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September 26, 2014

Future Rail: Issue 19

In this issue: California's high-speed saga continues, China's export ambitions, India's rail reforms, Japan's maglev proposal to the US, innovative technology for train traffic control and more.

By Berenice Baker

Future Rail: Issue 19 | October 2014

California’s high-speed project continues at a rather pedestrian pace, with the most significant hurdle being the legal legitimacy and availability of funding. Between support from the Obama administration and opposition from Republicans, and in the light of rising costs and public apathy, what are the US flagship high-speed line’s chances of success?

The new Indian Government is pushing ahead with a rail reform plan that’s been in the making for decades. We find out whether the country could finally see the much-needed new networks being built. We also investigate the feasibility of China’s – perhaps overly ambitious – plans to build international networks including a China-Russia-Canada-America line, and take a look at Japan’s proposal to end America’s high-speed woes with its maglev technology.

Moreover, we profile Bombardier’s new Omneo trains which will be rolled out in France as Regio 2N, find out how new traffic control software developed in Scandinavia helps reduce delays by prioritising trains in real time, and round up opinions on the ongoing debate between politicians and London Underground about the closure of all staffed ticket offices on the network.

Click here to read this issue.

In this issue

California Dreamin’?Cost overruns, public apathy, Republican opposition and lawsuits have turned California’s dream of a high-speed rail line into a nightmare. With ground finally broken on the $98bn project, Julian Turner discusses its chances of success.Read the full article.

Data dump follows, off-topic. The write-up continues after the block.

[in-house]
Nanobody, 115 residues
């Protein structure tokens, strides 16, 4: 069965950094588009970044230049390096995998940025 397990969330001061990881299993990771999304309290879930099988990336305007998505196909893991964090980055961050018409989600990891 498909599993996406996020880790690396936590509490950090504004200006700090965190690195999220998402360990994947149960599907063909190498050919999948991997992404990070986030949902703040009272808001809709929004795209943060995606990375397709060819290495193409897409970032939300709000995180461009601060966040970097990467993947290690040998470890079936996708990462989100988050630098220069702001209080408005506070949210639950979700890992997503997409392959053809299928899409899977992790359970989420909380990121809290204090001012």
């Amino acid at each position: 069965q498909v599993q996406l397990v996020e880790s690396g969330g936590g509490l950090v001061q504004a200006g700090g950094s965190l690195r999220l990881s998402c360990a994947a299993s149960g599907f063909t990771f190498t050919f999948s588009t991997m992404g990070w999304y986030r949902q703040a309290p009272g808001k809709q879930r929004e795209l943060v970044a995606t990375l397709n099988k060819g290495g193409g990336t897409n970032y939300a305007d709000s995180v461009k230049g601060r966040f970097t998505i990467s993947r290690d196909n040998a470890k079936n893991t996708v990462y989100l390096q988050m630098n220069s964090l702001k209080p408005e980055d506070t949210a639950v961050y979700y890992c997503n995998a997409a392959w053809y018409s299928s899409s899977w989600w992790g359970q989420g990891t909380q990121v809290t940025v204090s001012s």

High Time for High SpeedIndia’s rail industry has suffered from years of low investment and subsidised fares. Dr Gareth Evans asks if the Narendra Modi government could finally see the implementation of the high-speed service that was first mooted decades ago. Read the full article.

Realistic Ambitions or Impossible Dream?China has four international rail projects planned and has promised Africa the support of a continent-wide railroad network. But with debt rising and international relations at stake, are China’s high-speed ambitions really on track? Frances Marcellin investigates.Read the full article.

A Japanese Solution to American ApathyJapan has said its high-speed maglev technology could connect Washington, D.C. and New York with travel times of less than an hour. Chris Lo asks, could this be the turning point for high-speed apathy in the US?Read the full article.

Profile: Bombardier OmneoWe take a look at Bombardier’s electric double-deck train which will be rolled out as Regio 2N in France for regional and intercity services. Read the full article.

Top PrioritiesA research organisation in Scandinavia has developed software to prioritise trains in real time which has been successfully trialled in Norway. Ross Davies looks at the benefits the tool could provide for train traffic controllers.Read the full article.

The Automated Ticket OfficeHearing different views on the UK Government’s plan to close London Underground ticket offices, Rod James discovers that the balance between efficient touch-screen technology and human interaction can be a tricky one.Read the full article.

Next issue preview

China’s involvement in Turkey’s new high-speed line marks its debut as an exporter of high-speed rail technology. We explore the country’s export strategy and how it compares to that of its European and Japanese competitors.

As the UK embraces new rail technology, we take a look at Cranfield University’s predictive risk model to help Network Rail reduce the impact of flooding on the UK’s rail system, and investigate the feasibility of London Mayor Boris Johnson’s plans for an orbital railway in the capital.

Moreover, we discover the future of rail according to a report by railway engineers Arup, find out from Samsung how smart technology can create a ‘frictionless’ experience for travellers and learn how rail stations can learn from airport security.

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